As good Marxist-Leninists, the Soviet planning team had only one standard of economic value: the labor input to make the generator unit. Hitachi’s Japanese engineers had labored and been paid to design the machine. Their machinists had been paid for their effort in shaping the steel, assembling the turbine, and winding the generator’s copper core. And at some earlier point, miners digging copper ore in Africa and iron ore in Australia had been compensated by Hitachi when the conglomerate paid the price of those raw materials. The Soviets figured they were merely trading a certain number of rubles, or their Indonesian client’s rupiahs, to cover all this embedded labor cost. And that value chain in labor represented the sum of the transaction: the turbine-generator had a fixed cost based on the labor inputs, and if Hitachi was willing to sell it at a reduced price and eat the difference—because some previous customer had ordered the unit but didn’t need it anymore—well, that was just bad luck for the foolish capitalists who ran Hitachi! In the Soviet view, the generator itself had only static value, unchanging no matter when it was made, when the project planners needed it at the site, or what they might have done with the money in the meantime.
The American planners at my engineering company, capitalists that they were, could have told you in about six seconds that the Hitachi turbine-generator was a bad deal at almost any price reduction. They laughed at the Soviets for thinking that snapping it up was a such a lucky opportunity.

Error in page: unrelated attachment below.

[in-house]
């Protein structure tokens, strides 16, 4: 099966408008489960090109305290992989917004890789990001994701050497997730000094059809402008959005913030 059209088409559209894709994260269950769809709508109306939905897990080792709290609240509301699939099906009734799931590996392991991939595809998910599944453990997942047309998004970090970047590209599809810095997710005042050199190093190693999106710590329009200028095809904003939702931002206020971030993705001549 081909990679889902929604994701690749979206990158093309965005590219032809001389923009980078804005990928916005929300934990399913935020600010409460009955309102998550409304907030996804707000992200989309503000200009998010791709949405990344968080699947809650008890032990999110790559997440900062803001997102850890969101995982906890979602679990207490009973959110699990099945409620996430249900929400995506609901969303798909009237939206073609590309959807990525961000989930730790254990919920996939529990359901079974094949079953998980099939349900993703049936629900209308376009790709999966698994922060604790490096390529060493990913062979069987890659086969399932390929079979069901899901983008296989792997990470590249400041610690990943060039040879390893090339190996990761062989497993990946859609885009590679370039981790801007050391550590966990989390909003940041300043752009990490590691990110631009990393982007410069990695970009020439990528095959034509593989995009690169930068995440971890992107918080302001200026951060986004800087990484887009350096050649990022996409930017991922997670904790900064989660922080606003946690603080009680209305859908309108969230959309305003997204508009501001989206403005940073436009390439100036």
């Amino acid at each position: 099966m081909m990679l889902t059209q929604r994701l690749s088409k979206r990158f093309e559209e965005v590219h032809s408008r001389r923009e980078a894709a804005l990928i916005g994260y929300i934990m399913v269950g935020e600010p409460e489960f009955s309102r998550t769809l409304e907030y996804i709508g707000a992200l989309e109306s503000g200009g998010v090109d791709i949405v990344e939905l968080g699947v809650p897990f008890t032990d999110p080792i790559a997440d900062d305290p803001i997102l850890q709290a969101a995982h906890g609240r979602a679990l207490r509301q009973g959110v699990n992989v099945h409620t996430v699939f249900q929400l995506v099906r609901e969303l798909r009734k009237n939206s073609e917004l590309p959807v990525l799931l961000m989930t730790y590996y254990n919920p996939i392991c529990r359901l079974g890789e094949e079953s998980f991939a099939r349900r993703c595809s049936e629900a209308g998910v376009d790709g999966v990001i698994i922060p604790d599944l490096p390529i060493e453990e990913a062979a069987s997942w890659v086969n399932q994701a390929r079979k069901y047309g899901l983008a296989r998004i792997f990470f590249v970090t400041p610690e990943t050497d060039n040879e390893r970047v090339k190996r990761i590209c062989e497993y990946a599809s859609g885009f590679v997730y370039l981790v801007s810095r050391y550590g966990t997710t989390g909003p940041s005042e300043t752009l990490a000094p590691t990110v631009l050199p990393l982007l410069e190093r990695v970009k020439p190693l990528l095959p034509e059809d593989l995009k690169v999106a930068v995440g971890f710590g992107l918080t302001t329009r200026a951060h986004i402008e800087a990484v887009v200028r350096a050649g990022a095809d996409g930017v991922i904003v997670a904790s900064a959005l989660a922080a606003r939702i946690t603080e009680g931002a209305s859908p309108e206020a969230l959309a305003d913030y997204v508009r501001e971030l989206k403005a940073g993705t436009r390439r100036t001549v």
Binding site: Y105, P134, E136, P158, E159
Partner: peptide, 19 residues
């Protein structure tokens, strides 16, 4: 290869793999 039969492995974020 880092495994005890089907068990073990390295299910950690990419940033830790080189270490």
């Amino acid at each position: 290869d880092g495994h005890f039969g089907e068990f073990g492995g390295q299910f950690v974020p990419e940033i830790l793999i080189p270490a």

My engineering company routinely ran a sophisticated computer program1 that correlated a project’s schedule with the estimated cost of all materials and equipment, labor costs in each skill category, logistics and shipping costs, and current financial factors like interest rates, inflation, and the relevant currency exchange. The schedule program was based on a Gantt chart—a type of bar chart developed a century ago but still the basis of almost all project software—which breaks the whole effort down into separate work packages and puts them in the correct sequential order. So, for example, you know that you have to complete the site grading and excavation before you can lay rebar for the foundation, and you must complete the rebar installation before you can pour the concrete around and over it. This means the steel rebar itself must be purchased and moved to the site a certain number of days before the excavation period ends, in order for the task of cutting and bending, then laying and tying the bars, to begin on time.